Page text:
At this moment I am in Soho, sitting in a little Swiss Cafe that I sometimes like to frequent.  I had intended to go to my favorite haunt, an Italian bar/cafe just a few blocks from here, but I didn’t realize they don’t open until noon.  Since it was 11:30 I decided to come here instead.  I sat down, ordered a bottle of sparkling water, and very carefully poured over the menu.  More than anything I was thirsty.  When the waitress came back with the water I asked what kind of juices they had, then ordered a grapefruit juice–such a treat in the morning (afternoon).

The last time I came here I ordered an arugula salad that I thought sounded nice.  It arrived nothing more than a small portion of greens with olive oil.  A bit steep at $9, even for New York, I thought.  Remembering this, I hesitated, then simply ordered a croissant.  The croissant was as flakey and crumbly as they come, and I ended up covering the table, my book, my jeans, and the floor in a thin layer of croissant leaves, which continued to multiply and break into smaller pieces each time I tried to clean them up.

Did I mention how neat the water bottles are?  Their form sort of reminds me of a hot water bottle that you fill and put in a bed to heat it in winter.  It has one of those metal-top rubber stoppers, which of course makes it look very vintage, but smart.

The menu here is very meat heavy, which is a bit problematic.  I usually only come in for something small or for a warm drink and a place to sit while I read a book or write a letter.  The crowd is always a bit fashiony, sometimes trendy, and often foreign.  It’s hard to pin down, I don’t love it.  But there are small touches–softly sanded wooden chairs, oversized European posters, ceiling tiles that remind me of saltine crackers, thoughtfully designed water bottles–that make it feel homey.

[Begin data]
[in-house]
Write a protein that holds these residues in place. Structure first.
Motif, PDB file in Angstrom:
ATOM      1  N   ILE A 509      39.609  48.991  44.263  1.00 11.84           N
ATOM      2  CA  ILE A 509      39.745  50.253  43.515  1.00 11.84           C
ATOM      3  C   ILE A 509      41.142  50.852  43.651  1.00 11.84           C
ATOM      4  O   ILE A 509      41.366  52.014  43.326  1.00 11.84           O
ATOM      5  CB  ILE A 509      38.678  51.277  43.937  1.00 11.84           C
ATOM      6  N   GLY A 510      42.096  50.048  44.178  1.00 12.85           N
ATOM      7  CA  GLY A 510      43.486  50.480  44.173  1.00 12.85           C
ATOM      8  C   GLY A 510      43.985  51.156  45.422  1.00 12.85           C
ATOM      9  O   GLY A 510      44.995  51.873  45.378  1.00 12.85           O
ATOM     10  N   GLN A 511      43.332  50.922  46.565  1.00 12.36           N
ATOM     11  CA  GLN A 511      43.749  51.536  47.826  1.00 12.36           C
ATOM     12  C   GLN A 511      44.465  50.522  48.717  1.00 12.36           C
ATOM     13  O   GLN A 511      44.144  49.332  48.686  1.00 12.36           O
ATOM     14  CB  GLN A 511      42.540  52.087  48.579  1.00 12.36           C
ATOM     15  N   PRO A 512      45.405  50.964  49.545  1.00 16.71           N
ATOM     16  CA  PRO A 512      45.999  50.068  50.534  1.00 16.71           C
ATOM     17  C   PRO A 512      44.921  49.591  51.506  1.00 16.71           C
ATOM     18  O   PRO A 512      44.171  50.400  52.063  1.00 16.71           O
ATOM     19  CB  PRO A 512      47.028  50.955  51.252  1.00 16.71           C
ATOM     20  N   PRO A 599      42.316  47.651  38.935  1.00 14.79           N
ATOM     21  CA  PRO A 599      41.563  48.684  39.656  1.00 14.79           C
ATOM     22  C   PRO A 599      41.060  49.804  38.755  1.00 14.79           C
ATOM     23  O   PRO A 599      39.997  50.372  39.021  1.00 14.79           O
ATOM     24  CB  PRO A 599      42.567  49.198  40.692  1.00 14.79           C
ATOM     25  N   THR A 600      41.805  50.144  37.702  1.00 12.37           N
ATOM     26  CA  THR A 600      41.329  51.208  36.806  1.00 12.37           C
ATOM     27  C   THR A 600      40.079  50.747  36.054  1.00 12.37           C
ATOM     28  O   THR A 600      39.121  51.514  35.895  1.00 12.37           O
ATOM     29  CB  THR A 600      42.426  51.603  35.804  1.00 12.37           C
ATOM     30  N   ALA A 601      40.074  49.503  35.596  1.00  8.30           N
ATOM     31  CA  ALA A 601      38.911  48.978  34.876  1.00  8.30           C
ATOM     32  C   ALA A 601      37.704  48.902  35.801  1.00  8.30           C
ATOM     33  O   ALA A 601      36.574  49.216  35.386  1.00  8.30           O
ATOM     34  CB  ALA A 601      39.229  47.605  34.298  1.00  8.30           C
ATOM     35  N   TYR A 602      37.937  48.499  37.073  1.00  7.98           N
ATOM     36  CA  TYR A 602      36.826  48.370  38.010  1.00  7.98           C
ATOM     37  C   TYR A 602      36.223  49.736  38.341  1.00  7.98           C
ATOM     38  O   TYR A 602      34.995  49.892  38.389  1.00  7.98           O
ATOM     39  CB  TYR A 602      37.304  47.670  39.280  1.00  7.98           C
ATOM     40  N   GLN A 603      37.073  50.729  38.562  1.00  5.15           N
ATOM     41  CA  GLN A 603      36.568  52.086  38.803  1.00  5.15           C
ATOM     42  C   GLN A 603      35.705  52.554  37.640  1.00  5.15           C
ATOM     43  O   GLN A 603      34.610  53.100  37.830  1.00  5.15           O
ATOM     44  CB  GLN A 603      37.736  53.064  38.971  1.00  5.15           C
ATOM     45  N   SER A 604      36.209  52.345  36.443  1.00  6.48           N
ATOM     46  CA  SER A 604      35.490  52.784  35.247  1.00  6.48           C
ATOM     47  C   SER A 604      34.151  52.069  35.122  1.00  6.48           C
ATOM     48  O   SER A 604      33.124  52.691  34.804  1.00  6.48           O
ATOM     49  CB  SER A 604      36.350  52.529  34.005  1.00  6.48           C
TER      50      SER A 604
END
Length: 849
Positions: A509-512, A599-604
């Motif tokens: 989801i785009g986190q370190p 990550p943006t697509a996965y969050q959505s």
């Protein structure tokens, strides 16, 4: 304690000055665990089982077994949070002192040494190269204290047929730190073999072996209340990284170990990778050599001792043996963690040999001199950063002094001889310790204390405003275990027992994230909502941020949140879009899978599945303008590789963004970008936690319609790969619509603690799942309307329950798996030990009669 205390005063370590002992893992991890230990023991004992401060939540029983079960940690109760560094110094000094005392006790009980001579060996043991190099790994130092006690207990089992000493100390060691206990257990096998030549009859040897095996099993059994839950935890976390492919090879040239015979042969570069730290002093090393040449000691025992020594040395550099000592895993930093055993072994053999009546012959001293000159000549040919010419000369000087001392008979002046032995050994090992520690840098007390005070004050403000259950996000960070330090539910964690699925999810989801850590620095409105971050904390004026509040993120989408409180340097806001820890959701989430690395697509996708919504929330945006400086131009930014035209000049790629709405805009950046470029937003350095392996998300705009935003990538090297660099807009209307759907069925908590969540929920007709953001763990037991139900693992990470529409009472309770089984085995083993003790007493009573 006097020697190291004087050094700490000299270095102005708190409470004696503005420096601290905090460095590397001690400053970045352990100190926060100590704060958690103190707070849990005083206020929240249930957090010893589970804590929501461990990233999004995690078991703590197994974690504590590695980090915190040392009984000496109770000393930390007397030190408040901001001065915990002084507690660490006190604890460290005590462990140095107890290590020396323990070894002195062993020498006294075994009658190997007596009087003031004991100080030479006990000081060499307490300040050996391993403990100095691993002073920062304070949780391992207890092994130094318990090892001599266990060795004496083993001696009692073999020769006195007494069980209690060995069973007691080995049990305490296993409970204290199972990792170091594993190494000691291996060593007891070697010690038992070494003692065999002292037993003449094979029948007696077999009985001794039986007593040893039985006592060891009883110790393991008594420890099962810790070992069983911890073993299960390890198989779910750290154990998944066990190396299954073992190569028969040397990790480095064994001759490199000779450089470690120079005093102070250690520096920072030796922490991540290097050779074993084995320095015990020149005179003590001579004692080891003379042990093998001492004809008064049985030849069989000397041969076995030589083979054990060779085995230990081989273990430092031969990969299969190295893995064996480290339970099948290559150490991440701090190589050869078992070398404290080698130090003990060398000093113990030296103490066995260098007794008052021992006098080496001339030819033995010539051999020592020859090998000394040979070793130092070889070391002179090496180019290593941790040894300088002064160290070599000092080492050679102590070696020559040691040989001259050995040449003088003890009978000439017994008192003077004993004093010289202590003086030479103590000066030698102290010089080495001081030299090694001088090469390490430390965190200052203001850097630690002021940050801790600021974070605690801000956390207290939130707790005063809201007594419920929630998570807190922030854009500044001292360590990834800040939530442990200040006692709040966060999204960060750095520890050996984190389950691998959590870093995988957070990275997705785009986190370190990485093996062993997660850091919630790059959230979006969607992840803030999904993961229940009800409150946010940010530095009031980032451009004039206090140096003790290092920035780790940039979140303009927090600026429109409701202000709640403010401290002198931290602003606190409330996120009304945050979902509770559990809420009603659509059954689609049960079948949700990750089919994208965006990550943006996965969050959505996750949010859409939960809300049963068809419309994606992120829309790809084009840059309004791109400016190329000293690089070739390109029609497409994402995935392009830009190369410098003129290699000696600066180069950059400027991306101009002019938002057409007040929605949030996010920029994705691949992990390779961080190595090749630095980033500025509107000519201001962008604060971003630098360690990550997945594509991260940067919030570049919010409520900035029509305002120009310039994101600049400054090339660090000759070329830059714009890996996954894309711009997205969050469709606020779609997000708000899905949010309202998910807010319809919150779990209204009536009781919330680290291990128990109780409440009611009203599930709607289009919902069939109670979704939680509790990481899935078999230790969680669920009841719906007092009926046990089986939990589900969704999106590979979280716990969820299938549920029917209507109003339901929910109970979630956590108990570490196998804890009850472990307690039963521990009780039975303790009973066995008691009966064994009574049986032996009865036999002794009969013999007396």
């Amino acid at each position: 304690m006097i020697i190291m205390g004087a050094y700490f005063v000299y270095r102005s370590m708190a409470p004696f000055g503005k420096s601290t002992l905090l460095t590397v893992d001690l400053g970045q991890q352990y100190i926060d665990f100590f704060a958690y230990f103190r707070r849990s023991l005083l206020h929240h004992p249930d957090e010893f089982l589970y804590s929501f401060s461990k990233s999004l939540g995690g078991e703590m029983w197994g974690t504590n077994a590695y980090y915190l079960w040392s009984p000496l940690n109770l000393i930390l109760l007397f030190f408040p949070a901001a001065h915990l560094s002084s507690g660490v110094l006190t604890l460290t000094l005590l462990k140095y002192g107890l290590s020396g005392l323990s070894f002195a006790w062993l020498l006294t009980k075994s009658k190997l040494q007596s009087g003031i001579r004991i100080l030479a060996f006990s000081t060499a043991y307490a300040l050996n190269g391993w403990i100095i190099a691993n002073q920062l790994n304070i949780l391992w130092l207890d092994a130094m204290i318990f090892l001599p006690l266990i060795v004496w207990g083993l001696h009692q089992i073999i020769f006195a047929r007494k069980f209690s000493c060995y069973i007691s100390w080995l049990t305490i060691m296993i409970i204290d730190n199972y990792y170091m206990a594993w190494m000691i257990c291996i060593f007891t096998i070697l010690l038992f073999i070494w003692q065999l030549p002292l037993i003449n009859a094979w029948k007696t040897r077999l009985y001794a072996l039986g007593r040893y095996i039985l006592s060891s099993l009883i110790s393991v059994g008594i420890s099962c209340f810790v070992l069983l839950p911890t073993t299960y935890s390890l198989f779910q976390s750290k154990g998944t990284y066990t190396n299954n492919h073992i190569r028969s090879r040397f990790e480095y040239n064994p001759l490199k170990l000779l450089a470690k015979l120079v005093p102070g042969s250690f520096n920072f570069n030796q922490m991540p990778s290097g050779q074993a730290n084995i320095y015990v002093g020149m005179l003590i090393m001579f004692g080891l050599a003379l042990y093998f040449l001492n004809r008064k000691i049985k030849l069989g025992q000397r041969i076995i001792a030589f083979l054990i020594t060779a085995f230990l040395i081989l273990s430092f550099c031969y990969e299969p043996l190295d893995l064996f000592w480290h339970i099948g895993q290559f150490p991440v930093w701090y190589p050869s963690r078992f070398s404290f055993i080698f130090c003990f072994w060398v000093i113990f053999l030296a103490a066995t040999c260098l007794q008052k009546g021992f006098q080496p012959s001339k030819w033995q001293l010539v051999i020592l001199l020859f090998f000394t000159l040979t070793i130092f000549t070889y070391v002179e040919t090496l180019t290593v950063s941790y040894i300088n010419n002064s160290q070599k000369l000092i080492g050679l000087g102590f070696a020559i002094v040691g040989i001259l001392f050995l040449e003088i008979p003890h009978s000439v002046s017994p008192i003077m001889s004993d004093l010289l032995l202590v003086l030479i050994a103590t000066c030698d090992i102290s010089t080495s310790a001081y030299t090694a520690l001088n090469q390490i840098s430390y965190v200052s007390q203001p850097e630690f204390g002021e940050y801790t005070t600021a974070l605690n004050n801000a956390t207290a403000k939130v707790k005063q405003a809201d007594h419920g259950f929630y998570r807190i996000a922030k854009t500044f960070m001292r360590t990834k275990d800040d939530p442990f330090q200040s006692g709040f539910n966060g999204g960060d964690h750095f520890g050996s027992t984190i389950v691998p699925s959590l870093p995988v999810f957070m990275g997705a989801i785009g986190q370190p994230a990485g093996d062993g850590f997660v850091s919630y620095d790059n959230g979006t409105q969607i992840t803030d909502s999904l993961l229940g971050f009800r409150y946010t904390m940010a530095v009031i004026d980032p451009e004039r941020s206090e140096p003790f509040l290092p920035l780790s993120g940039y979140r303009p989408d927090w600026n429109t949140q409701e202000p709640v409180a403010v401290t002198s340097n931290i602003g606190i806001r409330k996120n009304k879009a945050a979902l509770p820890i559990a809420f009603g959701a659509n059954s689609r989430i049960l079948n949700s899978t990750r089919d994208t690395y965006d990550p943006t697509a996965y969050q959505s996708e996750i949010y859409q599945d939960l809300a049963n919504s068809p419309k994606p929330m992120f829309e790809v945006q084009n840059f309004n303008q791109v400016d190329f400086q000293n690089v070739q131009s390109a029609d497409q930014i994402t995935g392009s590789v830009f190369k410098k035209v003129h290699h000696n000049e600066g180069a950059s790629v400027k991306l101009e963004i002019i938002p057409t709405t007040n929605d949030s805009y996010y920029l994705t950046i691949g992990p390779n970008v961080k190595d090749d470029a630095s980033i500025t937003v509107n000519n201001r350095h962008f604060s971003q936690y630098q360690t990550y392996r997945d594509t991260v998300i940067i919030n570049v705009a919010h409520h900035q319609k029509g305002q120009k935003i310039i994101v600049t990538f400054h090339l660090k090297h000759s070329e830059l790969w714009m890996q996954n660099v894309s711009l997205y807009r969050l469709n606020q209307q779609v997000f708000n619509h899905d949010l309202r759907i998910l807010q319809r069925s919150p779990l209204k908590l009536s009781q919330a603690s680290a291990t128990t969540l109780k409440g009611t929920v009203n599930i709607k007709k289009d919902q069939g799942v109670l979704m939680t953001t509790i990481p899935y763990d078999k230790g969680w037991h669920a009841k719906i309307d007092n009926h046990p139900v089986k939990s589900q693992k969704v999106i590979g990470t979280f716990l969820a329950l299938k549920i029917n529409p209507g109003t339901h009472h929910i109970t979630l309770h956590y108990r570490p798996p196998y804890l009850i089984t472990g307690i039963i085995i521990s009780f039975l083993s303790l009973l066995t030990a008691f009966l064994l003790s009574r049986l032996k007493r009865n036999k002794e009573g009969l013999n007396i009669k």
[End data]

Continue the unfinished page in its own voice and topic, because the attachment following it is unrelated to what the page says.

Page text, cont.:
I was hoping to read my New Yorker and finish up my Murakami book.  However, after my meeting at work my boss gave me a book he’s just finished and thought I might enjoy reading, “How to Live, or the Life of Montaigne.”  I’m not usually one for books on philosophy, however it’s a nice change from the books I’ve been reading lately.  Montaigne is a French essayist from the 16th century who wrote exploratory personal essays on things like Friendship, Cruelty, Coaches, and also on the Custom of Wearing Clothes, How We Laugh and Cry For the Same Thing, and How Our Mind Hinders Itself.  The author sets up the book in 20 chapters, each devoted around parts or anecdotes of Montaigne that explain his philosophy (more of his gained experience) on How to Live.   I’ll let you know if I learn any  tips on how to live a more articulate life.

Are you reading any good books lately?  One of my worst habits is reading too many books at a time.  I switch from book to book (have had an upwards of 10 books reading at a time).  This often causes me to forget characters, lose the plot, or miss over arching themes.  It’s a hard habit to break since I’m such an enthusiastic buyer of books and I like to read them immediately after purchase.